BY ANNE STANTON
GAYLORD — John Head, 91, delivered his last newspaper after decades of stuffing tubes along Gaylord's dark, rural roads.
Head started his 65-mile rural route in Gaylord as usual on Thanksgiving Day, but suffered a stroke later that day. He died on Saturday, said Jay Thompson, who bundles and hauls newspapers for the Traverse City Record-Eagle.
The last two days of Head's life were the first that he'd missed due to illness in his 25 years of driving for the Record-Eagle, Thompson said.
Thompson met Head in 1984 when he worked as a newspaper distributor for the Detroit Free Press. Head, who stood just over 5 feet tall, formerly worked in the Upper Peninsula as a tree trimmer, and at times had to trudge through snow as deep as his waist.
"He thought delivering newspapers was the easiest and best job there ever was," he said.
Thompson recalled Head's only absence was a two-day leave for his son's funeral. There was also a small blip three years ago when Head needed a new driver's license, but couldn't get one for lack of a birth certificate. Thompson helped untangle the problem, since Head was hard of hearing.
Head, a Native American, was born in the U.P. He once told Thompson he was dropped off at a Catholic orphanage as a baby.
Thompson discovered that the orphanage burned down before Head's birth records could be transferred to the county seat.
Former U.S. Representative Bart Stupak stepped in and helped out. The Secretary of State agreed to accept Head's military record as proof of citizenship and issued him a temporary driver's license each year since.
In the month it took to sort out a license, Head found someone to take the wheel, said Rich Roxbury, the Record-Eagle circulation director.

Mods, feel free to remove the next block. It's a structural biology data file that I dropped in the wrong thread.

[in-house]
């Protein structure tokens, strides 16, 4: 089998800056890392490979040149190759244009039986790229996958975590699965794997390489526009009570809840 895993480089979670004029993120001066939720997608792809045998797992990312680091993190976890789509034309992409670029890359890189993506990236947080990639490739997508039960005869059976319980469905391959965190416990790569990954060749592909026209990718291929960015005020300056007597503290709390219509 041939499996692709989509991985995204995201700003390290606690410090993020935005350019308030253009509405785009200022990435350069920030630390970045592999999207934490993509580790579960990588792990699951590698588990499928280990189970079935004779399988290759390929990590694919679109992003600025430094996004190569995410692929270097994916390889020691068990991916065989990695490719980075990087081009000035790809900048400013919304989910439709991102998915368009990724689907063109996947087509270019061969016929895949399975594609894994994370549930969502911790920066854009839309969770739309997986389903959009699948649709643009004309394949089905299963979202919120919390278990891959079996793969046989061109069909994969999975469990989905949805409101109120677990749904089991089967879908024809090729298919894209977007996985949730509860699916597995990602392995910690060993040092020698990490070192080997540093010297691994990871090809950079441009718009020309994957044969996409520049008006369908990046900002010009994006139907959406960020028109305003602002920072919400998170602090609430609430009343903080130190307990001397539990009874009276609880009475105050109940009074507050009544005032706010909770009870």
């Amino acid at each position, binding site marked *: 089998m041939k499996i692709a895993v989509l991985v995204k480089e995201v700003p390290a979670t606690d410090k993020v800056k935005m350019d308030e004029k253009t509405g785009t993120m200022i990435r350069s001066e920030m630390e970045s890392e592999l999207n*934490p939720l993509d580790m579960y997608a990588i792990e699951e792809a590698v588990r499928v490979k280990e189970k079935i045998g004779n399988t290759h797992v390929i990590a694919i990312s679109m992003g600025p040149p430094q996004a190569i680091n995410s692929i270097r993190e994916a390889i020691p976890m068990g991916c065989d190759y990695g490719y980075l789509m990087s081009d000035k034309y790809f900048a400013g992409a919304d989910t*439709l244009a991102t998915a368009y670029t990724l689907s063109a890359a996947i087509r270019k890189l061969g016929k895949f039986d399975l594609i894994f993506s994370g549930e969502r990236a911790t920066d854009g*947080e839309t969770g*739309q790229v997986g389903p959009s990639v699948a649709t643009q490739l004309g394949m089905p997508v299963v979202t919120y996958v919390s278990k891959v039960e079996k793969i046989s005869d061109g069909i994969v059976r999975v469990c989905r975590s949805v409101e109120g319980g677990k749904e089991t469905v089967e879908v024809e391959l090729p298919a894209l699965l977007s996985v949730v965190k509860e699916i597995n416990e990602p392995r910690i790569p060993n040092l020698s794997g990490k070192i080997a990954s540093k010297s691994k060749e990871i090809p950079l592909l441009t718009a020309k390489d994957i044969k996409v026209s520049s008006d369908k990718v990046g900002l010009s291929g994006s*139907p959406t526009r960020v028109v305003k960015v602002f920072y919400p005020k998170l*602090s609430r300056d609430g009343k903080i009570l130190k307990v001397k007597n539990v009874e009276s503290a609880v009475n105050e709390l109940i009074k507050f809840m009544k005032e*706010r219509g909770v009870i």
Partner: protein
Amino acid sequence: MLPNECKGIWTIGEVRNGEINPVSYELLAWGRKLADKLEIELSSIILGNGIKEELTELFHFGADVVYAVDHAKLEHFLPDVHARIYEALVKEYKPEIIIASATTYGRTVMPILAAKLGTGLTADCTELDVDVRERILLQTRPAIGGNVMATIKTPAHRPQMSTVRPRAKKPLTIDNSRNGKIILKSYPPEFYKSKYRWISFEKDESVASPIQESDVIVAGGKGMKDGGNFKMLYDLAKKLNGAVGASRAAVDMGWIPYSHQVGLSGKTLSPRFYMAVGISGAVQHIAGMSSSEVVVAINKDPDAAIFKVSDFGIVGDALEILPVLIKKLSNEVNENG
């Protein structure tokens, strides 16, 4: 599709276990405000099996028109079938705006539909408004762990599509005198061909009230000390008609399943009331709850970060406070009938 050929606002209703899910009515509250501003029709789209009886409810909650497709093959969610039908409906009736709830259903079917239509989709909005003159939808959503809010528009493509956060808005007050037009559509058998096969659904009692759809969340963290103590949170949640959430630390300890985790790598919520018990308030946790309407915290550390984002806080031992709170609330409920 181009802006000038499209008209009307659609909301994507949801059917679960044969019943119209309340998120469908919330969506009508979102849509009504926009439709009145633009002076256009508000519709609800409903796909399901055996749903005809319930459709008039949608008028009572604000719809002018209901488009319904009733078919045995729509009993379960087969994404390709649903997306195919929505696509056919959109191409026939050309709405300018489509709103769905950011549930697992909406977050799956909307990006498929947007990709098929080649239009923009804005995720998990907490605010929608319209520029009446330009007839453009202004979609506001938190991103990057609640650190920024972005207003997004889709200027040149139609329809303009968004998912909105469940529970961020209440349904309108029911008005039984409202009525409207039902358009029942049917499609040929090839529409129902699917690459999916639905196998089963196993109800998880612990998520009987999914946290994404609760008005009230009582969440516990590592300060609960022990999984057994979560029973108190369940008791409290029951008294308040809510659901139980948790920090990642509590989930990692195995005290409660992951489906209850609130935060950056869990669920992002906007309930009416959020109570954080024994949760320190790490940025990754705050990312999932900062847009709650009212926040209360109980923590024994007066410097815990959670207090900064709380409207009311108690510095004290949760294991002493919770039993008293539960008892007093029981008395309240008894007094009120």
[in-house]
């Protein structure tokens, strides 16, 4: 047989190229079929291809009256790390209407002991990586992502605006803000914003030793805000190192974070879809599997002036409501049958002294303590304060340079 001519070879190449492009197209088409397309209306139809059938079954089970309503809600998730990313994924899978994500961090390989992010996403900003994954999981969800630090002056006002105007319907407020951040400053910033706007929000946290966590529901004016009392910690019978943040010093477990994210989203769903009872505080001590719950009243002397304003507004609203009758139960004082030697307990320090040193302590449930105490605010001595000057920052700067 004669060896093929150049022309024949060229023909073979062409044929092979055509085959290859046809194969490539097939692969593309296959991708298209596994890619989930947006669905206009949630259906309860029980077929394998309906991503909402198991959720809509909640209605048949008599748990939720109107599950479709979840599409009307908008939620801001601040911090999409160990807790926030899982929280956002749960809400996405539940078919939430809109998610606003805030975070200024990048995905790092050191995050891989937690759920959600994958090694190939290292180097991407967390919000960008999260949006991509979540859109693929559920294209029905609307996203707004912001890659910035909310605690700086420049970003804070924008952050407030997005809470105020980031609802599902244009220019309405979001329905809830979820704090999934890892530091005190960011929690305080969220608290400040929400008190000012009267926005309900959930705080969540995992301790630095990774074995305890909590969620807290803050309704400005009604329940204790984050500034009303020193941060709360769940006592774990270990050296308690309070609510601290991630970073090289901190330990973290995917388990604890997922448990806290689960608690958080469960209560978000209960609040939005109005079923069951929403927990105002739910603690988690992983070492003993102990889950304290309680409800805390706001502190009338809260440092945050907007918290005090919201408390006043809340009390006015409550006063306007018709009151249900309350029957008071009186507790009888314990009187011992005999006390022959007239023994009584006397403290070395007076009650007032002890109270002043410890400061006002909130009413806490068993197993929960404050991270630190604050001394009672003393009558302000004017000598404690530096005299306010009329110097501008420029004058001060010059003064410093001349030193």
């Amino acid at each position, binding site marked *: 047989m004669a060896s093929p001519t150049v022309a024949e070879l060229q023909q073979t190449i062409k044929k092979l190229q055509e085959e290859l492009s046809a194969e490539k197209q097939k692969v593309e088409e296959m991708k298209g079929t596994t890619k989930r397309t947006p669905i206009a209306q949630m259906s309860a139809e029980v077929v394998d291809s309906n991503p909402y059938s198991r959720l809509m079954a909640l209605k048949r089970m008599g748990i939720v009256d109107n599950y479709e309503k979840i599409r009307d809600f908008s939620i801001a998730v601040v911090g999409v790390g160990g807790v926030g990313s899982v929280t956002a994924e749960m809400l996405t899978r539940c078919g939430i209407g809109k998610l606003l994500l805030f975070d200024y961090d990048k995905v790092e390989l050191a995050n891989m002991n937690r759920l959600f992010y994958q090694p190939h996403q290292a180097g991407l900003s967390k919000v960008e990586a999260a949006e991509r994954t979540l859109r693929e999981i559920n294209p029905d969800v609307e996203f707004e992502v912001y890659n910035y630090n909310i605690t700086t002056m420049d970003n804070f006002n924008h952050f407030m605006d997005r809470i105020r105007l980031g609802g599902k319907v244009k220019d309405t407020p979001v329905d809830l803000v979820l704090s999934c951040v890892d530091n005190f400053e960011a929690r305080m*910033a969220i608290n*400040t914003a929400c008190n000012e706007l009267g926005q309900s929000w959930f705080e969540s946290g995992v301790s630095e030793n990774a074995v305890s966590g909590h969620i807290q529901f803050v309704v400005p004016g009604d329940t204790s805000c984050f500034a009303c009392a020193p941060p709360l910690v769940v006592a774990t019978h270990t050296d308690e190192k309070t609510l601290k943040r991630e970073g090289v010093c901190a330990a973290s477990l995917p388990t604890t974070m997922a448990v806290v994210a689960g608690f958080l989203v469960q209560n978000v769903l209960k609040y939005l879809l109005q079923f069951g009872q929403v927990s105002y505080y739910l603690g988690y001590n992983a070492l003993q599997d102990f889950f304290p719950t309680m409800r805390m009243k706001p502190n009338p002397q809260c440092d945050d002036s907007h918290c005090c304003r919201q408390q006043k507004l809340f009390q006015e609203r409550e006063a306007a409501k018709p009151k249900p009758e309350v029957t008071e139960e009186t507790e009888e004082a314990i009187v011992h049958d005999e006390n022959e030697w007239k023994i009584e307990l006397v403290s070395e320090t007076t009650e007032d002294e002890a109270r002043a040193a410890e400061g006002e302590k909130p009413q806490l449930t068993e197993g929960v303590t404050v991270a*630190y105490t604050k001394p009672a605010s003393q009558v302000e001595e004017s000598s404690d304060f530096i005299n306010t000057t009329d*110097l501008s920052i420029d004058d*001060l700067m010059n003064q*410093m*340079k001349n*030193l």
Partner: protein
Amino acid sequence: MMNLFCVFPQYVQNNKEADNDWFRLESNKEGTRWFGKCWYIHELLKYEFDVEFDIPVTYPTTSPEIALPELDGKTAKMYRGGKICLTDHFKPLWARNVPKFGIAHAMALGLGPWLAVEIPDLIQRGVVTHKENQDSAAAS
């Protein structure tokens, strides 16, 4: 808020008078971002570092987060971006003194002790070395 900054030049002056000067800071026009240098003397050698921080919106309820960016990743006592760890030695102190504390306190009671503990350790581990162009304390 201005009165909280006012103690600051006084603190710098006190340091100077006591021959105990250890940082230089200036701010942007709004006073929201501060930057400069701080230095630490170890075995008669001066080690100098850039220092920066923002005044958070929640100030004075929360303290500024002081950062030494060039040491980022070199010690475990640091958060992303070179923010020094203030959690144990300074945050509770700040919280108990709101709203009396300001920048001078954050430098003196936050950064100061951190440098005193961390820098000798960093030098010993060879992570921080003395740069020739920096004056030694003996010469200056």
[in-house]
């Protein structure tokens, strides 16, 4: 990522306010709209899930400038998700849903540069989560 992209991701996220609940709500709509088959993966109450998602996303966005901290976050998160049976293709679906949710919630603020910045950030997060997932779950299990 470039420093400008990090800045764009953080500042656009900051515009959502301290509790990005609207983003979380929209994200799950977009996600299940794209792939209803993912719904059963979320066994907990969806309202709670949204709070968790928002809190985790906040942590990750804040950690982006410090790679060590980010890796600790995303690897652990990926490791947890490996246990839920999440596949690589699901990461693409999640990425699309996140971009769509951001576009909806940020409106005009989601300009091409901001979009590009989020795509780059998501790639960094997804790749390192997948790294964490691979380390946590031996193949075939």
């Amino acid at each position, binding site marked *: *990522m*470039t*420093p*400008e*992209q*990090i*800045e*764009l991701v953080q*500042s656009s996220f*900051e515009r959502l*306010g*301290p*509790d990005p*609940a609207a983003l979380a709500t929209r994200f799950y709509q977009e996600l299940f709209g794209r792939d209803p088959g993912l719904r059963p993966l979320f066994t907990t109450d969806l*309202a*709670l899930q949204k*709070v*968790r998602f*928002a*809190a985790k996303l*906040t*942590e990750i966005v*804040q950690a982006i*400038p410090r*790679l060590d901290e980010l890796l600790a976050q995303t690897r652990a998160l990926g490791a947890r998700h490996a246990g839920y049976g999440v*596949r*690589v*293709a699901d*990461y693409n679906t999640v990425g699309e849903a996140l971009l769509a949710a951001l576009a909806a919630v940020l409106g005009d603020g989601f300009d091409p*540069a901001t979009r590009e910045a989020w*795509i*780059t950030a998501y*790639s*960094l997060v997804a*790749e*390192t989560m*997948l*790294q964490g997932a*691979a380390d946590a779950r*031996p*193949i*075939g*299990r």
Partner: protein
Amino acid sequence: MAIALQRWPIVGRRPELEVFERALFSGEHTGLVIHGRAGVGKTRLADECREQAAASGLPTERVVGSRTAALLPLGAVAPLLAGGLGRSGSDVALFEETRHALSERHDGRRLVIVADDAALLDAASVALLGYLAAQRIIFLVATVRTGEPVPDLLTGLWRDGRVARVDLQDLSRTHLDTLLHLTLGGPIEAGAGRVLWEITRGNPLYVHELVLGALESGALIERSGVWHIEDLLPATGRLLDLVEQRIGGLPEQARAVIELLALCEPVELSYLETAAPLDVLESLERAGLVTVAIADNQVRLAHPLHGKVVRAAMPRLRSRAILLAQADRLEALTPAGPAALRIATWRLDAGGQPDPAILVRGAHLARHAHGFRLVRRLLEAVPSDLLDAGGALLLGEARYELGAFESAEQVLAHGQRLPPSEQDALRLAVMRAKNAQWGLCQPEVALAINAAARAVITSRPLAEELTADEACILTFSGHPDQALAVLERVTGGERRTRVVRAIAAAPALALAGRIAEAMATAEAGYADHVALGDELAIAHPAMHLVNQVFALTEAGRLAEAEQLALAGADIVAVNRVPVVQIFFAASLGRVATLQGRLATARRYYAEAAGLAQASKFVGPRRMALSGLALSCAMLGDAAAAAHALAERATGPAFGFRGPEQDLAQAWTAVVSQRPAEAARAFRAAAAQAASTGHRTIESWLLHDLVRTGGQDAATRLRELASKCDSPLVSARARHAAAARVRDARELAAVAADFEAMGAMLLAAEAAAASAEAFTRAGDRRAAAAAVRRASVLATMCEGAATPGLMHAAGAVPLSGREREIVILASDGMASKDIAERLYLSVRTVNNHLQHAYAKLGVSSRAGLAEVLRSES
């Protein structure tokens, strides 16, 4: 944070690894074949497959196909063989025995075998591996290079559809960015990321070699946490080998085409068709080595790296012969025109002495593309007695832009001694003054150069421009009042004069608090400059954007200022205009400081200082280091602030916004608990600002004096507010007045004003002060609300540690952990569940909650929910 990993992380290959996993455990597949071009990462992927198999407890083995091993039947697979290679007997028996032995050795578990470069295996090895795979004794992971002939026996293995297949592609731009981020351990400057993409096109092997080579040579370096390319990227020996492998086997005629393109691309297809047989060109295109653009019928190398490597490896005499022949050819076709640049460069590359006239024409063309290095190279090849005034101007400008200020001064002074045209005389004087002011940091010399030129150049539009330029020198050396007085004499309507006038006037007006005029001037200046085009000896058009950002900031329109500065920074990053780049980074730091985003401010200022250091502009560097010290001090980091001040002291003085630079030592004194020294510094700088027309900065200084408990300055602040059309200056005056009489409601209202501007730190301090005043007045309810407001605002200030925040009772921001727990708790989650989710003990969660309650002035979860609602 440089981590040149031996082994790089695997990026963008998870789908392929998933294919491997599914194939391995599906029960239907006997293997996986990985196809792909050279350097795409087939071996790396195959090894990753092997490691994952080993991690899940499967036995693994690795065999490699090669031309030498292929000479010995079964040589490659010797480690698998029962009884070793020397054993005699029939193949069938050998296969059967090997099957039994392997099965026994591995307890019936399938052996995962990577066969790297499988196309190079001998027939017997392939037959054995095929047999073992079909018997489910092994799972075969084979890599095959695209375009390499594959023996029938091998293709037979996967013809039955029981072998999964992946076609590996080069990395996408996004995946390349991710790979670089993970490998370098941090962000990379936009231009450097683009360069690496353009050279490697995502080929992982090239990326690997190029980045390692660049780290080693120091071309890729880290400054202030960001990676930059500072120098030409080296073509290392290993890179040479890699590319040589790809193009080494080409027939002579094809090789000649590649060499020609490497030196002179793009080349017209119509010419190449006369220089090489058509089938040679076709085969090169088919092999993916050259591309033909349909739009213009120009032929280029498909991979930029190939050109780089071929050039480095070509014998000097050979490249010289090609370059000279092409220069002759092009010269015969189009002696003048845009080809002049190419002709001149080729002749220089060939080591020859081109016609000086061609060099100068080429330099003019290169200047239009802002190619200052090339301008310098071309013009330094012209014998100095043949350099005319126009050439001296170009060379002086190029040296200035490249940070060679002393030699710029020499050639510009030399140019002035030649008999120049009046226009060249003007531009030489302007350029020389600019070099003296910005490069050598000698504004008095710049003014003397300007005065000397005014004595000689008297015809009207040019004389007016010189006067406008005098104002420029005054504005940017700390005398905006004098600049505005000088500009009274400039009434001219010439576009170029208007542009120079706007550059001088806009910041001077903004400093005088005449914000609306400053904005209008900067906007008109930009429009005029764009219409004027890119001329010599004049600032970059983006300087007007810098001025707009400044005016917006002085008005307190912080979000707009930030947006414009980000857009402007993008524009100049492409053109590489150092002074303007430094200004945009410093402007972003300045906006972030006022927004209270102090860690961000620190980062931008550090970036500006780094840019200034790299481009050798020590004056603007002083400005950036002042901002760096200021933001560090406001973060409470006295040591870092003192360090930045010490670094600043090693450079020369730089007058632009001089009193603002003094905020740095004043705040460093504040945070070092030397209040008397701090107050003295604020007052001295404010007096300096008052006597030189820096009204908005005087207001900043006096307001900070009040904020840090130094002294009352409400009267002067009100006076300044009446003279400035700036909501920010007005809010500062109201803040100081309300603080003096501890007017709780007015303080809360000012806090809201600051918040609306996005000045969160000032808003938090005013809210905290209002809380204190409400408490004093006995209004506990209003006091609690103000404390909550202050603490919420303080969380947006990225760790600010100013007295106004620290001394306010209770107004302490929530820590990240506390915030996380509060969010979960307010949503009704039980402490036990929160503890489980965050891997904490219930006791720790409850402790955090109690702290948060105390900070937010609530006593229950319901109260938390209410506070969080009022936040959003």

Thompson said Head was always cheerful. But driving with him wasn't so pleasant.
"His driving was scary. Absolutely scary. But he knew where he was going. He recognized everything when he saw it, which would be true after driving the route for so many years."
There were some concerns — one shop owner recently reported he saw Head fall in the parking lot, Roxbury said.
"Some people would call, and say, 'This guy is really old. Why don't you take his route from him?'" Roxbury said. "But he was doing a good job. There were no complaints. He lost a lung in World War II, and I had a soft spot in my heart for him."
Head, a Record-Eagle contract employee, was told on Monday that it was probably time to call it quits, Roxbury said.
"He was actually relieved to hear it," Roxbury said.
Head was married, but he and his wife hadn't lived together for 30 years because he didn't want to divorce, Thompson said.
"He was a good Catholic, and I believe it. It took him two hours every night to say his Rosary," Thompson said.
Roxbury said he had the opportunity to talk to Head's wife a few years ago.
"She told me, 'The route is the only thing keeping John alive.' He gets up every morning. It was his thing," Roxbury said.